Previously: “String Theory.”
I actually don’t know much about the origins of “Pale Luna”; it was first uploaded to the Creepypasta Wikia on August 6, 2011, but I’m not sure whether the person who uploaded it is actually the original author. The story is credited to someone named “Ed”; however, no one seems to know who Ed is or what might have become of him.
In any event, “Pale Luna” is a creepypasta classic that usually hits all the nostalgia buttons for people who grew up playing Infocom text adventure games like the Zork series, Ballyhoo, and the Hitchhiker’s Guide to the Galaxy game. I’m one of those people; my earliest computer-related memories consist of my dad and I playing the aforementioned games on the huge, clunky laptop with the blue screen he had courtesy of his office.
None of the games we ever played were anything like “Pale Luna,” though — which, by the way, you actually can play these days, thanks to a creative Kongregate user. Check it out here.
In some ways, “Pale Luna” is similar to the short film “Internet Story”; exactly how, though, is something I’ll let you see for yourselves.
In the last decade and a half, it’s become infinitely easier to obtain exactly what you’re looking for by way of a couple of keystrokes. The Internet has made it all too simple to use a computer to change reality. An abundance of information is merely a search engine away, to the point where it’s hard to imagine life as any different.
Yet, a generation ago, when the words “streaming” and “torrent” were meaningless save for conversations about water, people met face-to-face to conduct software swap parties, trading games and applications on Sharpie-labeled five-and-a-quarter inch floppies.
Of course, most of the time the meets were a way for frugal, community-minded individuals to trade popular games like King’s Quest and Maniac Mansion amongst themselves. However, a few early programming talents designed their own computer games to share amongst their circle of acquaintances, who in turn would pass it on, until, if fun and well-designed enough, an independently-developed game had its place in the collection of aficionados across the country. Think of it as the 80’s equivalent of a viral video.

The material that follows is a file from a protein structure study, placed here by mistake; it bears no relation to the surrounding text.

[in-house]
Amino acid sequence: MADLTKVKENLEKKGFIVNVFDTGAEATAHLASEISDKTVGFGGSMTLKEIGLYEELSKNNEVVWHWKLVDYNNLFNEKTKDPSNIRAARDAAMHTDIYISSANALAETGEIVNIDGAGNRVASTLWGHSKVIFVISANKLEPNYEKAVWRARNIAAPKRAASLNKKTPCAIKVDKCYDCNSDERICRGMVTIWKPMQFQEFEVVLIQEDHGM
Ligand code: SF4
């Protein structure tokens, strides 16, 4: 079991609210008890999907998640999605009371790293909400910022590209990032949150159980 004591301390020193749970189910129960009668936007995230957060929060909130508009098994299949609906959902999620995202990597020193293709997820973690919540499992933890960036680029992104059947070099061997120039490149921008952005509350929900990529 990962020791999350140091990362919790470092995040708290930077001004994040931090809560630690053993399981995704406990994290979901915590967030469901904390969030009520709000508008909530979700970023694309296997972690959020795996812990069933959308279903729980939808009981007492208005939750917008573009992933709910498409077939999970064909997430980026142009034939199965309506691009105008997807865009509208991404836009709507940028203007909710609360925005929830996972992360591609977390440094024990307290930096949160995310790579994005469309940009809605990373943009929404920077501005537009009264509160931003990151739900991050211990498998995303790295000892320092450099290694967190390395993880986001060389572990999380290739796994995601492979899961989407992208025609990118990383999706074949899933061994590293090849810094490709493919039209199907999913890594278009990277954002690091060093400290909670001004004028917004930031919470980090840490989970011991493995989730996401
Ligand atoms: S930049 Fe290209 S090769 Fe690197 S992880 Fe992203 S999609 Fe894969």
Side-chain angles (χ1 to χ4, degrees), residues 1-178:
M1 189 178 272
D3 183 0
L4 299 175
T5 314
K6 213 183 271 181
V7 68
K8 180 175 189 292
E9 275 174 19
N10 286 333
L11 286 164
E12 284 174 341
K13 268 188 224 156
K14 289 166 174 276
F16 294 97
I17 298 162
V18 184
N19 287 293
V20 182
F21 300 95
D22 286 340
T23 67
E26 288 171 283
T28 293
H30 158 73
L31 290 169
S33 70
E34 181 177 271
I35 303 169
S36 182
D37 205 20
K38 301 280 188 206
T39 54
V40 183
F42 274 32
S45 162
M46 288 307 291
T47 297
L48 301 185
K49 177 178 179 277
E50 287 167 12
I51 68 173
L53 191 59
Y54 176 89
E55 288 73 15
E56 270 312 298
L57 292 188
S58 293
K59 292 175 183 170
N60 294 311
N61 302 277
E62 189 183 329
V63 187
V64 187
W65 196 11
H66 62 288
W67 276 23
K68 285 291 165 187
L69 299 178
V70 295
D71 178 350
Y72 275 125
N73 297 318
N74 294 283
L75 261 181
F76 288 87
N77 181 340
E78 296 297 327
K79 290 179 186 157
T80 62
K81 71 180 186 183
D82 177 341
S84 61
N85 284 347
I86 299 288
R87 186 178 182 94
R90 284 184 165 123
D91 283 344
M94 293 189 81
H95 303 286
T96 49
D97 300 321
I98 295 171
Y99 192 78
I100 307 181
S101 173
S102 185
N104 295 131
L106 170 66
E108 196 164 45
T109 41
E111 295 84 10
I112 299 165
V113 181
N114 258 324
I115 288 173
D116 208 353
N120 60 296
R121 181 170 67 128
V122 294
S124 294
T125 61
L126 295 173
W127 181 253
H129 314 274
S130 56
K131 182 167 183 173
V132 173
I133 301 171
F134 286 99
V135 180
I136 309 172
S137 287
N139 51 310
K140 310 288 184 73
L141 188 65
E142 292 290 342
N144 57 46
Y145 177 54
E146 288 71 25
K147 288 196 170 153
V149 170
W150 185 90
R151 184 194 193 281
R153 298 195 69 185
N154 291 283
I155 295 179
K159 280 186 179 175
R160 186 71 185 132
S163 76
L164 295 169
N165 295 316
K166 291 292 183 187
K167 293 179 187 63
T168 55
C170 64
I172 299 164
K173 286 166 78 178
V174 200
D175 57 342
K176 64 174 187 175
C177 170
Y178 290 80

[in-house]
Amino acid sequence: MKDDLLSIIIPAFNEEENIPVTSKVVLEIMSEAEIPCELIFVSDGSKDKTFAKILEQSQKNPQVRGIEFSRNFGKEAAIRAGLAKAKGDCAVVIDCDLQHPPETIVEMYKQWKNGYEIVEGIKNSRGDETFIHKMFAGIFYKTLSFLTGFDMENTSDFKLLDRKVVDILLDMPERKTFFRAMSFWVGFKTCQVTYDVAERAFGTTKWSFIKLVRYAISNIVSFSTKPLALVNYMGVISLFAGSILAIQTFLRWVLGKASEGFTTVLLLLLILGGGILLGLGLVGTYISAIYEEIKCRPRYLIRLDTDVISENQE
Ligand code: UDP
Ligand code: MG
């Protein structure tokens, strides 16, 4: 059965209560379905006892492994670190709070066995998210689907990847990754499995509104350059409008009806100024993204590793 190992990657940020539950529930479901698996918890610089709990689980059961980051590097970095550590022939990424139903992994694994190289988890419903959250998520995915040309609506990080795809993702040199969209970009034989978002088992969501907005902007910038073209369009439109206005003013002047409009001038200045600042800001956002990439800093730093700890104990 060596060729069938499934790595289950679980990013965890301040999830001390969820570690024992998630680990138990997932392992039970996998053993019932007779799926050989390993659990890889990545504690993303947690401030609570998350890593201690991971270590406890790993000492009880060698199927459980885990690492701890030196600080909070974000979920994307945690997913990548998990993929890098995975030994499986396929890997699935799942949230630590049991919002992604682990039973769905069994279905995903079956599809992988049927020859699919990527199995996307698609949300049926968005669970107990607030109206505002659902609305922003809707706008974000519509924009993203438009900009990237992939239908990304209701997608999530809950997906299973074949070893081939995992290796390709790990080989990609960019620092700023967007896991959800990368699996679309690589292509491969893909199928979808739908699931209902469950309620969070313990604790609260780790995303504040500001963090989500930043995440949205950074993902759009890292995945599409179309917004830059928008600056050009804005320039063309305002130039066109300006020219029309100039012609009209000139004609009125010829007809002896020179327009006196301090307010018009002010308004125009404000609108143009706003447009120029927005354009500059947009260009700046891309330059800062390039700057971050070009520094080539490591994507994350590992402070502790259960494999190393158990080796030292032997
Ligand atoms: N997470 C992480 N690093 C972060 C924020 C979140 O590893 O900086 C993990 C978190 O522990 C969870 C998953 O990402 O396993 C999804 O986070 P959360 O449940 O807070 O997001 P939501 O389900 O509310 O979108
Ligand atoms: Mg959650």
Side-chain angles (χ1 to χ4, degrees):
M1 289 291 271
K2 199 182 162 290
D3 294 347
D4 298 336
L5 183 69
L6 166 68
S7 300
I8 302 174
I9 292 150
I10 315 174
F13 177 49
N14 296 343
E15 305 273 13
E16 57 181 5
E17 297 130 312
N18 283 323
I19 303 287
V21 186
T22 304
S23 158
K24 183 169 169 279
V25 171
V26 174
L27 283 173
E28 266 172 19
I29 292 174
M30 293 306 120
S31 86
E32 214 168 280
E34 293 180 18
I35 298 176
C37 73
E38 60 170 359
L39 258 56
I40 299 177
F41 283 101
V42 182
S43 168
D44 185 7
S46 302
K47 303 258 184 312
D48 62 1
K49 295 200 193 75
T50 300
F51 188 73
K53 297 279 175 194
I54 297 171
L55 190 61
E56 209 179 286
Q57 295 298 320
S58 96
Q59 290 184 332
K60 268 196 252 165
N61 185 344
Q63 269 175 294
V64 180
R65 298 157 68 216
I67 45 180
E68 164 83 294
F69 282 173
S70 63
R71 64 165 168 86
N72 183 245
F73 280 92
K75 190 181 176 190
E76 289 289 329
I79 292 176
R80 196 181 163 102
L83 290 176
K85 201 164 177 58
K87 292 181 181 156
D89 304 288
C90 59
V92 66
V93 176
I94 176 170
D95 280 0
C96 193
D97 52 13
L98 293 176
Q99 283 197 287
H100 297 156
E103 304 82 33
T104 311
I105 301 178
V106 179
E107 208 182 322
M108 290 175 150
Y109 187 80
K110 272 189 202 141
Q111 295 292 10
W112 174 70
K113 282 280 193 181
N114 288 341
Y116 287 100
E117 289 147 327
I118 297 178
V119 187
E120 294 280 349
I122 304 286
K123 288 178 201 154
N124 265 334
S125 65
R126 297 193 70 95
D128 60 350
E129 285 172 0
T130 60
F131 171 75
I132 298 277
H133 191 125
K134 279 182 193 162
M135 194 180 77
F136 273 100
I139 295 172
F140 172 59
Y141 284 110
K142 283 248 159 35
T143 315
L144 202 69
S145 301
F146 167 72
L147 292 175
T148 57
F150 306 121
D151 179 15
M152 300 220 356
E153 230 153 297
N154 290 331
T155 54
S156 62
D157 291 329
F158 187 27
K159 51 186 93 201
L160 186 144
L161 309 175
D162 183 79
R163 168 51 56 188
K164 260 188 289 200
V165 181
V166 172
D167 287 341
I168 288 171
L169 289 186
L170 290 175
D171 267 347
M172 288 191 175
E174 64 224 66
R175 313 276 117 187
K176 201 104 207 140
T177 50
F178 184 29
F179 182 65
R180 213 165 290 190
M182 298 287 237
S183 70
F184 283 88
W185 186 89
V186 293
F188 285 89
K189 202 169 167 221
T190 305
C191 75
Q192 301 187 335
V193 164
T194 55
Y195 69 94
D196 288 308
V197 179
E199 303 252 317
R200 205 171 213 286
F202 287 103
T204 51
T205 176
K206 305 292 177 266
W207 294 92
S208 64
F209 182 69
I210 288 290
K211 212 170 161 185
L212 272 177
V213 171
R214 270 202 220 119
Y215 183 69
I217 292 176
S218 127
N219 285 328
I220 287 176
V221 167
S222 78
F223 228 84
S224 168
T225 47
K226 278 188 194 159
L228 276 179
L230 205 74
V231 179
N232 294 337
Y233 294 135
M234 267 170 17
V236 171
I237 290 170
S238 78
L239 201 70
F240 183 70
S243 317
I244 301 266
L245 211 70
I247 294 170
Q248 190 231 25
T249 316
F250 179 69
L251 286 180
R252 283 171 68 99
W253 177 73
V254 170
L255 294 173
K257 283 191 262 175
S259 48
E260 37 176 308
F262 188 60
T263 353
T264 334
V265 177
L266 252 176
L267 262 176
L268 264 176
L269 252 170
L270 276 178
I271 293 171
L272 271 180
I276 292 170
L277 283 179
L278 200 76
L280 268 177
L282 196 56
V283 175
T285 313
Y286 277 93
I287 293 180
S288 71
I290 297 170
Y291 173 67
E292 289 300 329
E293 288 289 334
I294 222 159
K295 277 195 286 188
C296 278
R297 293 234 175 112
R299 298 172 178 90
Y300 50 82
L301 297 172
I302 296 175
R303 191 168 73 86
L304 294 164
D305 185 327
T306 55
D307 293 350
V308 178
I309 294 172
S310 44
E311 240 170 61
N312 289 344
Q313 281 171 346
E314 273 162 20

Pale Luna, on the other hand, was never circulated outside of the San Francisco Bay Area. All known copies have been long disposed of, all computers that have ever run the game now detritus buried under layers of filth and polystyrene. This fact is attributed to a number of rather abstruse design choices made by its programmer.
Pale Luna was a text adventure in the vein of Zork and The Lurking Horror, at a time when said genre was swiftly going out of fashion. Upon booting the program, the player was presented with a screen almost completely blank, except for the text:
-You are in a dark room. Moonlight shines through the window.
-There is GOLD in the corner, along with a SHOVEL and a ROPE.
-There is a DOOR to the EAST.
So began the game that one writer for a long-out-of-print fanzine decried as “enigmatic, nonsensical, and completely unplayable”. As the only commands that the game would accept were PICK UP GOLD, PICK UP SHOVEL, PICK UP ROPE, OPEN DOOR, and GO EAST, the player was soon presented with the following:
-Reap your reward.
-PALE LUNA SMILES AT YOU.
-You are in a forest.There are paths to the NORTH, WEST, and EAST.
[Photo via tracilawson/Flickr]